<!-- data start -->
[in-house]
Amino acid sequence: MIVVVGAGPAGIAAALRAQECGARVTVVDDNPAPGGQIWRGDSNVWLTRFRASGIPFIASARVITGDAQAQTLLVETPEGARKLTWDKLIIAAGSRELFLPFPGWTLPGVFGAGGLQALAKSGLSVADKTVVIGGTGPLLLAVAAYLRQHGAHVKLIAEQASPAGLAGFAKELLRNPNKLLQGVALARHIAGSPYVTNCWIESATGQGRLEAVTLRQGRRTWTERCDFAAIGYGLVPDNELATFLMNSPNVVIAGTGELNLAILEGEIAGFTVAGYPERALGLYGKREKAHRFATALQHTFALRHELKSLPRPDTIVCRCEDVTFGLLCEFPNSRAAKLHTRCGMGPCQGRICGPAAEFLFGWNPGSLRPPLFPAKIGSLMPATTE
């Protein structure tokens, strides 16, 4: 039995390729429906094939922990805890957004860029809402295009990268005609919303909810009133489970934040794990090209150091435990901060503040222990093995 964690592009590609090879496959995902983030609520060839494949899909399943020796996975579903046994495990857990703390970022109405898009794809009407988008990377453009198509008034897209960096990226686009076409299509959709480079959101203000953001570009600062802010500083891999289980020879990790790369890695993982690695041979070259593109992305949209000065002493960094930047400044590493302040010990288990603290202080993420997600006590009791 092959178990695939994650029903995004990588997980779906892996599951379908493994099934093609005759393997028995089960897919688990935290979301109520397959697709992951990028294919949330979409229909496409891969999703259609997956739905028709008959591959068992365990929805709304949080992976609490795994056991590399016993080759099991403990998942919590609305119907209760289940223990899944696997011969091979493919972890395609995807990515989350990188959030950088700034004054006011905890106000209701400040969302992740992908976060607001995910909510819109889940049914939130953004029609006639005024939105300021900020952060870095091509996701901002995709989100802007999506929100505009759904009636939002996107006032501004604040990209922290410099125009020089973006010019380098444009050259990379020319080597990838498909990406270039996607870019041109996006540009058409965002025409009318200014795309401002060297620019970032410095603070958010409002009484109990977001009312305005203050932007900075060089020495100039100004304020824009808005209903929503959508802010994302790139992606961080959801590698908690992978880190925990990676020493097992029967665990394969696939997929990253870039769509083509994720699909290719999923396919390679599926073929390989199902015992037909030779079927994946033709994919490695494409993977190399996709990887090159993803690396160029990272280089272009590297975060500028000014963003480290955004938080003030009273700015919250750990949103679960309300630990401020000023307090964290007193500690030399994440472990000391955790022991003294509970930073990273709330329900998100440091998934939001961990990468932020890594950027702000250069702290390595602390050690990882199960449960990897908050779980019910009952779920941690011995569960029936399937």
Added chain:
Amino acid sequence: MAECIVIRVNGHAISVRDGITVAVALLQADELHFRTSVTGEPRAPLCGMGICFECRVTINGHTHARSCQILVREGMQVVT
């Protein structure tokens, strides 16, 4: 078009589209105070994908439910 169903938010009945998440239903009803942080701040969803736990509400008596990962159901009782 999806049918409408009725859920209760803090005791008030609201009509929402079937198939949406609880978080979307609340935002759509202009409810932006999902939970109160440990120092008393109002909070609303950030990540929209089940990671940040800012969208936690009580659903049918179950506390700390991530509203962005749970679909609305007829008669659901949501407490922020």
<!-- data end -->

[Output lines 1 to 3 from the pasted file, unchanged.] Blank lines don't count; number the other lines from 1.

[in-house]
Amino acid sequence: MIVVVGAGPAGIAAALRAQECGARVTVVDDNPAPGGQIWRGDSNVWLTRFRASGIPFIASARVITGDAQAQTLLVETPEGARKLTWDKLIIAAGSRELFLPFPGWTLPGVFGAGGLQALAKSGLSVADKTVVIGGTGPLLLAVAAYLRQHGAHVKLIAEQASPAGLAGFAKELLRNPNKLLQGVALARHIAGSPYVTNCWIESATGQGRLEAVTLRQGRRTWTERCDFAAIGYGLVPDNELATFLMNSPNVVIAGTGELNLAILEGEIAGFTVAGYPERALGLYGKREKAHRFATALQHTFALRHELKSLPRPDTIVCRCEDVTFGLLCEFPNSRAAKLHTRCGMGPCQGRICGPAAEFLFGWNPGSLRPPLFPAKIGSLMPATTE
């Protein structure tokens, strides 16, 4: 039995390729429906094939922990805890957004860029809402295009990268005609919303909810009133489970934040794990090209150091435990901060503040222990093995 964690592009590609090879496959995902983030609520060839494949899909399943020796996975579903046994495990857990703390970022109405898009794809009407988008990377453009198509008034897209960096990226686009076409299509959709480079959101203000953001570009600062802010500083891999289980020879990790790369890695993982690695041979070259593109992305949209000065002493960094930047400044590493302040010990288990603290202080993420997600006590009791 092959178990695939994650029903995004990588997980779906892996599951379908493994099934093609005759393997028995089960897919688990935290979301109520397959697709992951990028294919949330979409229909496409891969999703259609997956739905028709008959591959068992365990929805709304949080992976609490795994056991590399016993080759099991403990998942919590609305119907209760289940223990899944696997011969091979493919972890395609995807990515989350990188959030950088700034004054006011905890106000209701400040969302992740992908976060607001995910909510819109889940049914939130953004029609006639005024939105300021900020952060870095091509996701901002995709989100802007999506929100505009759904009636939002996107006032501004604040990209922290410099125009020089973006010019380098444009050259990379020319080597990838498909990406270039996607870019041109996006540009058409965002025409009318200014795309401002060297620019970032410095603070958010409002009484109990977001009312305005203050932007900075060089020495100039100004304020824009808005209903929503959508802010994302790139992606961080959801590698908690992978880190925990990676020493097992029967665990394969696939997929990253870039769509083509994720699909290719999923396919390679599926073929390989199902015992037909030779079927994946033709994919490695494409993977190399996709990887090159993803690396160029990272280089272009590297975060500028000014963003480290955004938080003030009273700015919250750990949103679960309300630990401020000023307090964290007193500690030399994440472990000391955790022991003294509970930073990273709330329900998100440091998934939001961990990468932020890594950027702000250069702290390595602390050690990882199960449960990897908050779980019910009952779920941690011995569960029936399937």